Dancers Arriving in Cuba Photo: Lloyd Mayor

We landed in Santa Clara and drove to the capital, Havana. Immediately one is submerged by the warmth of the climate and green patches of land that cover almost all of the island. The drive gave us beautiful panoramic view of the vibrant countryside before entering the vast capital. Thick fronds of palm trees give way to delicately decaying mint, red and yellow houses. The colours fit in brilliantly with the quintessential 1950s Cuban-American cars, or what the Cubans call carros, that one so anticipates and hopes to see — and boy, do you see them.

Several sherbet colored 1950s classic cars line up on a Cuban street
 Colorful Cars of Cuba Photo: Anne Souder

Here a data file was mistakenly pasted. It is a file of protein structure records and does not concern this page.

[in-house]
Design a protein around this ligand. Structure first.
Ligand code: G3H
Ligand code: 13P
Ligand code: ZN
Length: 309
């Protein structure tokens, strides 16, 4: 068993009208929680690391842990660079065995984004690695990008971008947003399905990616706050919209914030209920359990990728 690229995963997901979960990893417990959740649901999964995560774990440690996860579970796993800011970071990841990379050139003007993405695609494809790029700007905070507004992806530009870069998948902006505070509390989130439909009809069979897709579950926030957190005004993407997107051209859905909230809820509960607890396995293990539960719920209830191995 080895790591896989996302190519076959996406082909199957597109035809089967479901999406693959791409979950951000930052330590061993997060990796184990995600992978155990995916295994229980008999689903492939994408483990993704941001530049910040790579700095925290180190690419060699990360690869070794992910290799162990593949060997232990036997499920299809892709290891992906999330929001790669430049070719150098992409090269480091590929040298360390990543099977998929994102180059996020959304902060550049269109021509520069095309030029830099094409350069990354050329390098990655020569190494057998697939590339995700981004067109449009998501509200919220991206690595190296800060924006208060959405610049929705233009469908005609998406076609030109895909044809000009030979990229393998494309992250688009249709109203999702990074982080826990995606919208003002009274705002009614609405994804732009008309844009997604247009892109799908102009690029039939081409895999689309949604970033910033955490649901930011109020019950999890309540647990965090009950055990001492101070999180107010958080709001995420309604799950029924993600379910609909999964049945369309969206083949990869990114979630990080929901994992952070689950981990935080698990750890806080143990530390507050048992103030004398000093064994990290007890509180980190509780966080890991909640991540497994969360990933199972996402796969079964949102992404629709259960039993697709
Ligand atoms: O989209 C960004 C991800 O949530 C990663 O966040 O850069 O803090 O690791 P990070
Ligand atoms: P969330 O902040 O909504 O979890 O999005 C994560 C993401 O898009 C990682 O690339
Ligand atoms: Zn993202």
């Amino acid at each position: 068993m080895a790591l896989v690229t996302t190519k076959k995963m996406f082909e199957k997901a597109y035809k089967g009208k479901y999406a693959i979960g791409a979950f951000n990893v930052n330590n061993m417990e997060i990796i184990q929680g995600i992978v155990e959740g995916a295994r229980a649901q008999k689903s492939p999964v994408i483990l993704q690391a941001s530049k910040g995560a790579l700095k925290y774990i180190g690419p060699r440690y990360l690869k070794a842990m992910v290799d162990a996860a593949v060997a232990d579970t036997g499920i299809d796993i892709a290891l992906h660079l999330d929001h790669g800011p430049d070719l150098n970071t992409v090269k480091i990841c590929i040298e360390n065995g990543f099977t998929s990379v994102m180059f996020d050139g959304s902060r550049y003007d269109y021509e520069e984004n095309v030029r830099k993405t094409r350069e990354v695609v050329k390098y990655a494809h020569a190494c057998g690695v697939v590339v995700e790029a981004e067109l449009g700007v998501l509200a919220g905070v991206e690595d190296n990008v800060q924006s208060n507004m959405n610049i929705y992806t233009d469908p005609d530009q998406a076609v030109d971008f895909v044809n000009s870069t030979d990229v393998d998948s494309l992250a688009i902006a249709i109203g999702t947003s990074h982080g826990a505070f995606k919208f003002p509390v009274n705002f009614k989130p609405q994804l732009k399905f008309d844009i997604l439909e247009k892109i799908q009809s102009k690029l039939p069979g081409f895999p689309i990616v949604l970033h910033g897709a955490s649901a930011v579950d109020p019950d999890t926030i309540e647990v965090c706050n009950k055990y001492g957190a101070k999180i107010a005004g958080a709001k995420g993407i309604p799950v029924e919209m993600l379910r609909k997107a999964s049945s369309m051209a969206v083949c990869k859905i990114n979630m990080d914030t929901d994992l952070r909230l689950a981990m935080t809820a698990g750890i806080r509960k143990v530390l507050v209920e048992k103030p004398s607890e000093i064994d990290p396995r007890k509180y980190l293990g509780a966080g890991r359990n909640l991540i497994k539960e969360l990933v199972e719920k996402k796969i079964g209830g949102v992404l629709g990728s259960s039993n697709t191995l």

As soon as you hit the outskirts of the Havana, one can’t help but appreciate the sight of these retro Cuban carros. They spark up the joy of the journey through the city. The carros' designs and colours are endless, and they are owned by regular folk. In fact, the only cars Cuban citizens can own legally are cars created and bought before 1959, which is obvious when you notice no seat belts in any cars.

On the first day the company was invited to a reception at the U.S. Ambassadorial Residence just outside of Havana. The impressive mansion was very inviting with its cool marble floors and beautiful grounds. Mr. Jeffrey DeLaurentis, Chargé d’affaires, hosted us exquisitely and kindly explained the history of the building. Built from 1932-1942 it is more than half the size of the White House and has survived war, revolution and occupation. After being abandoned from 1961 to 1977, it is once again a hub for American-Cuban relations with President Barack Obama, First Lady Michelle and their daughters staying in residence when they visited Cuba in March 2016, the first U.S. President to visit in 88 years!